Waldo County Technical Center students from the Explore CTE program ended their school year with the culminating project of building and running The Ace Syndicate, an escape room. This project embodied the four Career and Technical Education trades upon which the program’s curriculum is built: building construction, electrical trades, computer technology, and graphic design.
Students built an 8- by 8-foot wooden structure to house the escape room. They wired the structure just like a house, using 110 AC and 12V DC. Students also installed various switches and outlets. They used computer technology to set up a computer network for a control center that allowed them to monitor the escape room while it was being used. Graphic design skills were implemented by designing a logo for Ace Syndicate. Students also had to create a storyline and bring it to life with puzzles and decorations for the escape room.
Explore CTE students visited Trapt in Maine in Rockport earlier this year as part of the Extended Learning Opportunities program at WCTC, where they were able to complete two escape rooms and interview the owner regarding what it takes to build a successful escape room and business.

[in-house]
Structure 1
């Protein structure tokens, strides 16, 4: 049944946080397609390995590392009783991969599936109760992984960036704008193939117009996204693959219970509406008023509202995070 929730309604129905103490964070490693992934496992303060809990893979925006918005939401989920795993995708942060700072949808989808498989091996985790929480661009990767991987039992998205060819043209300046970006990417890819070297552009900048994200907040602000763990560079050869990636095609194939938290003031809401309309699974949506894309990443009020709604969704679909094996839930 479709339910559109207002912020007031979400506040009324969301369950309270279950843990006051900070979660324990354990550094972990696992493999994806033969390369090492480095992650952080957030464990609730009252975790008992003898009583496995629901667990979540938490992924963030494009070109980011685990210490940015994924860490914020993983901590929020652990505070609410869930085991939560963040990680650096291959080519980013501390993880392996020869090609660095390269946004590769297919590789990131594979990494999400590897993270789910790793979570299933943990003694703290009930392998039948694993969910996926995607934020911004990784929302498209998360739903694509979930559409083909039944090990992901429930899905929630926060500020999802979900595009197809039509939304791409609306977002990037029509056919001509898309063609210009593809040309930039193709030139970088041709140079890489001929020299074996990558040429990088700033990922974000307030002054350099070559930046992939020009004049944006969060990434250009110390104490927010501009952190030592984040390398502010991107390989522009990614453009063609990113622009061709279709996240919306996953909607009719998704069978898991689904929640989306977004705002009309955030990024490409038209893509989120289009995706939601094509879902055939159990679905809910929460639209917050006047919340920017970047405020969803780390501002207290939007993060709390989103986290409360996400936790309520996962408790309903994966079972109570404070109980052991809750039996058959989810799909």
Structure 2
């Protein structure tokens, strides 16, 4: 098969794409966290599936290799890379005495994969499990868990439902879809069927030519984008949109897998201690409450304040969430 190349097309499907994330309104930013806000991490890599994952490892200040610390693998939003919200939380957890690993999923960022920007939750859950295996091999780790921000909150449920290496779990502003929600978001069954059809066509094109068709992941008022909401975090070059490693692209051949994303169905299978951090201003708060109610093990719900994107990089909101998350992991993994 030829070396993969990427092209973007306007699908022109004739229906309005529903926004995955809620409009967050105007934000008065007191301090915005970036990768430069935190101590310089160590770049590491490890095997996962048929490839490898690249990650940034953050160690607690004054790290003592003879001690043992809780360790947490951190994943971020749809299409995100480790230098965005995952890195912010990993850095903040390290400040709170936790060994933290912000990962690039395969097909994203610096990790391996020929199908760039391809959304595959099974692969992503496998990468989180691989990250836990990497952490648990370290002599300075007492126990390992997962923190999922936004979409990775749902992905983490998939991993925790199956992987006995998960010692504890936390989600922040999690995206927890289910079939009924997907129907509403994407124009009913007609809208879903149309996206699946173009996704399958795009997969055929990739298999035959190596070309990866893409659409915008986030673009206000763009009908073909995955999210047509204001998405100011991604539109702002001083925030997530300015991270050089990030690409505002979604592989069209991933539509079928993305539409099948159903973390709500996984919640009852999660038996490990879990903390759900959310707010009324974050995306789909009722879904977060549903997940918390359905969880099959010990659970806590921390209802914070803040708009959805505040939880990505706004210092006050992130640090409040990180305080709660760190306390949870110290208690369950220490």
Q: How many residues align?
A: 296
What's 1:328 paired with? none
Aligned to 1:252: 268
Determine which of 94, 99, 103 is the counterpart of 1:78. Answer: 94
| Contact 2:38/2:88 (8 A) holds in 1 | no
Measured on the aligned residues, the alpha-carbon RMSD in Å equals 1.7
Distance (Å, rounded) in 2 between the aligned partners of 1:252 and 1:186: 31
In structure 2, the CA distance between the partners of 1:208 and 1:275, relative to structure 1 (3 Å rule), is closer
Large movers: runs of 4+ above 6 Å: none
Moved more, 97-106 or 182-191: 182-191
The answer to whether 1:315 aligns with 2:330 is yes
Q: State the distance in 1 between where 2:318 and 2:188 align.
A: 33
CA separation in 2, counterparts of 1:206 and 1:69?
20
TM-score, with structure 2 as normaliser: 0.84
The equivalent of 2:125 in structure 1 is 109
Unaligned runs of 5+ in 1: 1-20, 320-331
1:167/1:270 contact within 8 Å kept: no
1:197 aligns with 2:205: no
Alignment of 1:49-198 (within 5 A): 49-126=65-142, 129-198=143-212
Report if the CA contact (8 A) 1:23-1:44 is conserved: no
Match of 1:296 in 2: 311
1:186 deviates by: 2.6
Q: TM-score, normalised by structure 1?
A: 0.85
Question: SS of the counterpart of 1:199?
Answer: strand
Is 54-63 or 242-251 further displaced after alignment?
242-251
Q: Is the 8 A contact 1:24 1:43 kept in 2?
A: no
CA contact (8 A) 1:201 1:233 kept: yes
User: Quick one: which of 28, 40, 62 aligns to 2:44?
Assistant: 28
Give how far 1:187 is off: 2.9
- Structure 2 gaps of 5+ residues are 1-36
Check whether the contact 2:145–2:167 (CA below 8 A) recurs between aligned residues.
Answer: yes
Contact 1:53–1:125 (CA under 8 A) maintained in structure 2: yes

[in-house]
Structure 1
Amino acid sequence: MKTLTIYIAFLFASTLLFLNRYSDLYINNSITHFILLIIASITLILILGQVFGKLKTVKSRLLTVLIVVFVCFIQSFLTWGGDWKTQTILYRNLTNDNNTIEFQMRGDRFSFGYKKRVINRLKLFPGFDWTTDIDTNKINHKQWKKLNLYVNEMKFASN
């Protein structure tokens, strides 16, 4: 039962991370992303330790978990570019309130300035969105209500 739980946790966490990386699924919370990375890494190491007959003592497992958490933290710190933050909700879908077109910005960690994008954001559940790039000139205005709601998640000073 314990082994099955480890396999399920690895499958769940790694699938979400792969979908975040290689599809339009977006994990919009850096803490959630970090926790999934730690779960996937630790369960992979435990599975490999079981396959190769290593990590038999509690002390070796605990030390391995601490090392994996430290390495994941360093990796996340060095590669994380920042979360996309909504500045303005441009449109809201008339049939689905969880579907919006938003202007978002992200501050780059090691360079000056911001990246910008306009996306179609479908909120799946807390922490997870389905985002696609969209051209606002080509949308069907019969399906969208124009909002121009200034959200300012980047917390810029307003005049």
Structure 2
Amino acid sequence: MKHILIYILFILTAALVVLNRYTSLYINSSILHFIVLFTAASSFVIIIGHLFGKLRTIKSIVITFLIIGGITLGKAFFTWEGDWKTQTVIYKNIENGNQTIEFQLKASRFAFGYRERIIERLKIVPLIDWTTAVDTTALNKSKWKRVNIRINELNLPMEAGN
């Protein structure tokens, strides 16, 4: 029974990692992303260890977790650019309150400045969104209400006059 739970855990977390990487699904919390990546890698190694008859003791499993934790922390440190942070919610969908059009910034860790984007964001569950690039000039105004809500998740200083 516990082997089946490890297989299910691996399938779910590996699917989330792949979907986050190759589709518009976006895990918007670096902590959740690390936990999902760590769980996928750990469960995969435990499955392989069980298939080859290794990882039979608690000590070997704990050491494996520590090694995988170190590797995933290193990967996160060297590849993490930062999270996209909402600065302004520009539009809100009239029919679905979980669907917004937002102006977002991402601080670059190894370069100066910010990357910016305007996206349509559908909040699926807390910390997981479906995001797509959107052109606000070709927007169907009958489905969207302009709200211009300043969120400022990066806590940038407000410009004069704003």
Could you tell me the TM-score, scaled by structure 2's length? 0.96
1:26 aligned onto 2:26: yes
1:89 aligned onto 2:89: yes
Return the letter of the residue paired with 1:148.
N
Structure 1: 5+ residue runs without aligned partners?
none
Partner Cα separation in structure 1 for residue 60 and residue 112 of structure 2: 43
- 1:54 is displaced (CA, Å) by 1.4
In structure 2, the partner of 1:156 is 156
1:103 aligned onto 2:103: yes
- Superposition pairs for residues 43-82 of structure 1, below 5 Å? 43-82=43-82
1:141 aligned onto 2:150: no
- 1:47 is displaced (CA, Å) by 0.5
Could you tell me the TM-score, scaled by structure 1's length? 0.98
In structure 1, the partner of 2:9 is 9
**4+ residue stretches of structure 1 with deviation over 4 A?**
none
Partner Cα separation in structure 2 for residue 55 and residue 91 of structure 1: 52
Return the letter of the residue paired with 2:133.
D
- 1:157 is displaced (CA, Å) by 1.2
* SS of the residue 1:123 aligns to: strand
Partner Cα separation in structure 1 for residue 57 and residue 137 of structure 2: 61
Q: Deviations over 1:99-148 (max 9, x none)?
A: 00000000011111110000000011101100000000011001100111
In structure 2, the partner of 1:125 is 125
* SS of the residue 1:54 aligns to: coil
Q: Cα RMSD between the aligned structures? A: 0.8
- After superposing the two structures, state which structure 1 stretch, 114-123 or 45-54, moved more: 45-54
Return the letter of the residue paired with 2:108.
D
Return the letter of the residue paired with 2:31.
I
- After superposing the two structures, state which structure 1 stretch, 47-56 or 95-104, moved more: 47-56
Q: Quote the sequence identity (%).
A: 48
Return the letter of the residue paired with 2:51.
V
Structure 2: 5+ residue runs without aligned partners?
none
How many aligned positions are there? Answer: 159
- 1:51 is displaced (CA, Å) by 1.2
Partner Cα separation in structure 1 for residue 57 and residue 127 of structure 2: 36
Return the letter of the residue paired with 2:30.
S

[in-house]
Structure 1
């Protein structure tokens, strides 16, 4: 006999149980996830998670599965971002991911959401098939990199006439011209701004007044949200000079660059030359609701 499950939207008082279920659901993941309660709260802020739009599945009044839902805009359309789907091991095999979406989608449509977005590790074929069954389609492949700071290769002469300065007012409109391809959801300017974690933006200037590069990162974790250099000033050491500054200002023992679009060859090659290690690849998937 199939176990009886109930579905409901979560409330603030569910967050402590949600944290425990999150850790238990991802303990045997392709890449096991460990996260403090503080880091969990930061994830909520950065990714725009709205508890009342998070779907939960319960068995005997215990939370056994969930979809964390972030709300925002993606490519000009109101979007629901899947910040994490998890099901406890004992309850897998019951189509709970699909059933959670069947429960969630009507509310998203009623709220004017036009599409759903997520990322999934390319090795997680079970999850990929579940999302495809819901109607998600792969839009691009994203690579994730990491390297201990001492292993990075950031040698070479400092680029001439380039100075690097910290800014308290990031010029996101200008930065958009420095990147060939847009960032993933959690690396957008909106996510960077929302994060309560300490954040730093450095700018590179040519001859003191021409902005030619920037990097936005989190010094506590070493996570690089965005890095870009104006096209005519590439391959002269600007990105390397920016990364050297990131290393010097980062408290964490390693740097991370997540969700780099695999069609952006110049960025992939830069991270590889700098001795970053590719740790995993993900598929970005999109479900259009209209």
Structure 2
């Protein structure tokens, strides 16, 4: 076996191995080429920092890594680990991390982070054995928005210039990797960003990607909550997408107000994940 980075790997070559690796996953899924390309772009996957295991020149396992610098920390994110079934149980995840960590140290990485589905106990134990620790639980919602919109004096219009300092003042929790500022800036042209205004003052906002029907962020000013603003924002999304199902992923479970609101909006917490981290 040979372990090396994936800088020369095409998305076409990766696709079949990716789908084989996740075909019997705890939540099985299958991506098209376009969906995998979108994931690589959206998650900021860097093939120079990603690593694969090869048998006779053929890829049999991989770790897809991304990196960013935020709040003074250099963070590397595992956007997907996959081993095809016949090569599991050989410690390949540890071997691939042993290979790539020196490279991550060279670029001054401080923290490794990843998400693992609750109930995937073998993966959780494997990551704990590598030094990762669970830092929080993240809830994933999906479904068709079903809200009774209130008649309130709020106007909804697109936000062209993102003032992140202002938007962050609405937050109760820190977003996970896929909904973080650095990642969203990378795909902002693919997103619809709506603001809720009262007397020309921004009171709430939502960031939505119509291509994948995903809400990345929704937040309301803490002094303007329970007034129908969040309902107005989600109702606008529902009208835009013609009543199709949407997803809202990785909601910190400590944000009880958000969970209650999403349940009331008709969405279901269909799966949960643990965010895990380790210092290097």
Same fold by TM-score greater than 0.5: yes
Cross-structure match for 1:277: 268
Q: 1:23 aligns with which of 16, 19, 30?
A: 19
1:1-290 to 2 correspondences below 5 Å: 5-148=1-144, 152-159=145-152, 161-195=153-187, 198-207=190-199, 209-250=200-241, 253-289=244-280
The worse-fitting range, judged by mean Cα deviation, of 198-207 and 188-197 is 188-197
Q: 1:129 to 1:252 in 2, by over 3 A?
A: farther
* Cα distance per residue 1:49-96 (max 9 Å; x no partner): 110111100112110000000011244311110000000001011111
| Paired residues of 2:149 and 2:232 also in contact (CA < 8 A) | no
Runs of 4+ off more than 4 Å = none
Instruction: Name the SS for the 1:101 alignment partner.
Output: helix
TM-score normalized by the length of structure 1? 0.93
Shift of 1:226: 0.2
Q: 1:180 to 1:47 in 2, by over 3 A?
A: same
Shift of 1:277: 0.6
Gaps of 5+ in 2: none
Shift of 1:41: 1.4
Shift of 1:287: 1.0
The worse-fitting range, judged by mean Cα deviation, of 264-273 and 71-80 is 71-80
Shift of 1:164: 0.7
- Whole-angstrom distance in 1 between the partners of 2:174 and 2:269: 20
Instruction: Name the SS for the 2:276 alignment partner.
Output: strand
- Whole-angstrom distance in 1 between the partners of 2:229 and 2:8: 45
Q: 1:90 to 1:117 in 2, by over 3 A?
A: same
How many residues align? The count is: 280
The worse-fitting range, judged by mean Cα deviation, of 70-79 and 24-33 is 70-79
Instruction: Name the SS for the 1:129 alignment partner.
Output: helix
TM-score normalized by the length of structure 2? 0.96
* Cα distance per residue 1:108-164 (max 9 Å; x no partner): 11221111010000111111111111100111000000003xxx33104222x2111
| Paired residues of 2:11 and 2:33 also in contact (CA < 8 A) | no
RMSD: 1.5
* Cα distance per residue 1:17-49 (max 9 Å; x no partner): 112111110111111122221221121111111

Instructor Chris Kein stated that this was a real lesson in teamwork and that “none of the students could have done it alone.”
Students played different roles in the project. Chance Robinson, a ninth-grader from Searsport District High School said, “I like the part of building it better than acting. I liked being Security Man Sam at the control center.”
Idella Spaulding, a ninth-grader from Mount View High School stated that, “It was really fun learning new skills and working together and learning how to wire everything.”
Once finished, The Ace Syndicate Escape Room was opened up to students and staff at WCTC. Graphic Design student Damien Hutchinson enjoyed the experience and said, “It was really fun for me, trying to find all the clues. I really got into the role of private investigator.”
Explore CTE students found that guiding their fellow students through the escape room was a big part of the experience. Matthew Dimmitt, ninth-grader from Mount View observed that, “I think it’s cool to see people go through it and struggle with things we think are obvious. Learning how to wire stuff was cool and so was the secret door we made.”